Improving Your Outlook in a Manic Depressive Economy

by Lisa Jacobson, MAPP

A “manic depressive” stock market, an economic “downward spiral”, a potential economic “depression”. When economists use psychiatric jargon to describe the economy, we all have reason for concern. Relief from this pervasive economic malaise is in order. The remedy? A healthy dose of positive psychology.

What is positive psychology? In short, it’s the scientific study of what goes right in life - a relatively new and emerging branch of psychology that specializes in subject matters related to the things that make life worthwhile (see the introductory article called The Emergence of Positive Psychology). Things like: flourishing, positive emotions, hope, goals, character strengths, talent, pleasure, achievement, and resilience are the focus of positive psychology (as opposed to the traditional psychological focus on depression, bipolar disorder, schizophrenia, paranoia, and other "negative" areas of focus).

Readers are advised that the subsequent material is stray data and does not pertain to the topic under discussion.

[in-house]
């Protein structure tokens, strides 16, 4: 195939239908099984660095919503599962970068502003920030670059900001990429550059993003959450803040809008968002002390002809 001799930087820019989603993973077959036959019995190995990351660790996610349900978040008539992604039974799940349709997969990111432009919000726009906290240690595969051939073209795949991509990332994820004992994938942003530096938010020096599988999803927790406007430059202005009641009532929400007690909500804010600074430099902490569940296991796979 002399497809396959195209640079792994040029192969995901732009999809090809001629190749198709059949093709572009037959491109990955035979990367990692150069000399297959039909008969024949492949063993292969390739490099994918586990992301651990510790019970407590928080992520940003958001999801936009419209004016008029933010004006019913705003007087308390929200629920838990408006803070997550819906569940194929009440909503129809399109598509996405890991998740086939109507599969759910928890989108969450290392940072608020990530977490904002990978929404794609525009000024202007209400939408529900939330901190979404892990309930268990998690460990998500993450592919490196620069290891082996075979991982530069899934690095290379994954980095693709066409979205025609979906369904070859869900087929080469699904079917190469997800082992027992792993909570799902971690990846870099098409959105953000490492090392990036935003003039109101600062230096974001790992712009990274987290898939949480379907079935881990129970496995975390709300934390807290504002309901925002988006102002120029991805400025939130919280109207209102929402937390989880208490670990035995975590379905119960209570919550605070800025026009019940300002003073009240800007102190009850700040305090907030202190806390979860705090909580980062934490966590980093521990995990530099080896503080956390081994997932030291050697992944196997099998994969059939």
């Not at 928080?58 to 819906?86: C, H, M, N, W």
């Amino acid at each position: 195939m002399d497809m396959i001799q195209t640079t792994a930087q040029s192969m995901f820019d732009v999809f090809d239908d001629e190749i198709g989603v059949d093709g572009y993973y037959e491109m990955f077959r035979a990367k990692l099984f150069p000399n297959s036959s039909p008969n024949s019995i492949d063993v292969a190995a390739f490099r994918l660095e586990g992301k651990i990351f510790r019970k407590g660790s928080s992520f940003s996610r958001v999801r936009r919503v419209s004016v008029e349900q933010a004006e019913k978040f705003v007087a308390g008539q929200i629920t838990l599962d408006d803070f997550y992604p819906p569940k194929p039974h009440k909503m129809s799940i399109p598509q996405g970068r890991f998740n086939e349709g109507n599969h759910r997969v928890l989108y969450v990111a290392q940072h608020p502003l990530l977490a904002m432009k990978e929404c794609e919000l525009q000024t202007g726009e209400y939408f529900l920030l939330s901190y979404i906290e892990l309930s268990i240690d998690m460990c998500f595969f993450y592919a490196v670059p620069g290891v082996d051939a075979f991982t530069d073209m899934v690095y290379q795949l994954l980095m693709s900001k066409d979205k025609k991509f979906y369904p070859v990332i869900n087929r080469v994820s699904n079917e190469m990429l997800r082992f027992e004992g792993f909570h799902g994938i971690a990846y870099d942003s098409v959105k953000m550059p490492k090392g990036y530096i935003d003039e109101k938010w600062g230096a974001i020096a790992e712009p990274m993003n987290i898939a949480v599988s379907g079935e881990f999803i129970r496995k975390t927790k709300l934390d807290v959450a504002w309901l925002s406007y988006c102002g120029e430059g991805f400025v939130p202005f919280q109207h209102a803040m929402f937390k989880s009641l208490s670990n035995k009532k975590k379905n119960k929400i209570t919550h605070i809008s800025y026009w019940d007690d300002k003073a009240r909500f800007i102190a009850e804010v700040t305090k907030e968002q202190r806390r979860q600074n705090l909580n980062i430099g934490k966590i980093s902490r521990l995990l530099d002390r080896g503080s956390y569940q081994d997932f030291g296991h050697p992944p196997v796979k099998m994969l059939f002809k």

Unfortunately, humans are wired for negativity (see Jimmy's related happiness tip, Don’t Watch the News for more on this “negativity” issue as it relates to our ability to be as happy as possible).

Negative emotions have roots in “fight or flight” survival mechanisms. “Fight or flight” emotional reactions have served Homo-Sapiens well. Especially in ancient history when a pack of saber toothed tigers loomed nearby. This has evolved to the point today where, unfortunately, we naturally lean towards the negative. That’s why in times like these – when the economy is crazy and things are very scary - we need to work at being positive. Just like muscles in our arms and legs need working out, so do the thinking patterns in our minds. If positive thinking patterns are not used or developed, they tend to atrophy.

One of the most effective means to improve one’s outlook and build resilience is a positive intervention known as “Three Good Things”. Research indicates that people who take the time - everyday - to consciously account for three good things for which they are grateful improve their level of well-being and outlook, even when times are tough.

Curious? Try the following exercise for seven consecutive days. Write down or verbally share with someone a daily list of 3-5 things for which you are grateful or things that went well. Do this in the morning, at dinner, or before bedtime - whatever works best for you. If you want to measure the outcome, contact me - Lisa Jacobson - for instructions on how to take a before and after test. I will measure your well-being and outlook before you start the exercise and then afterwards. For instructions, contact me at

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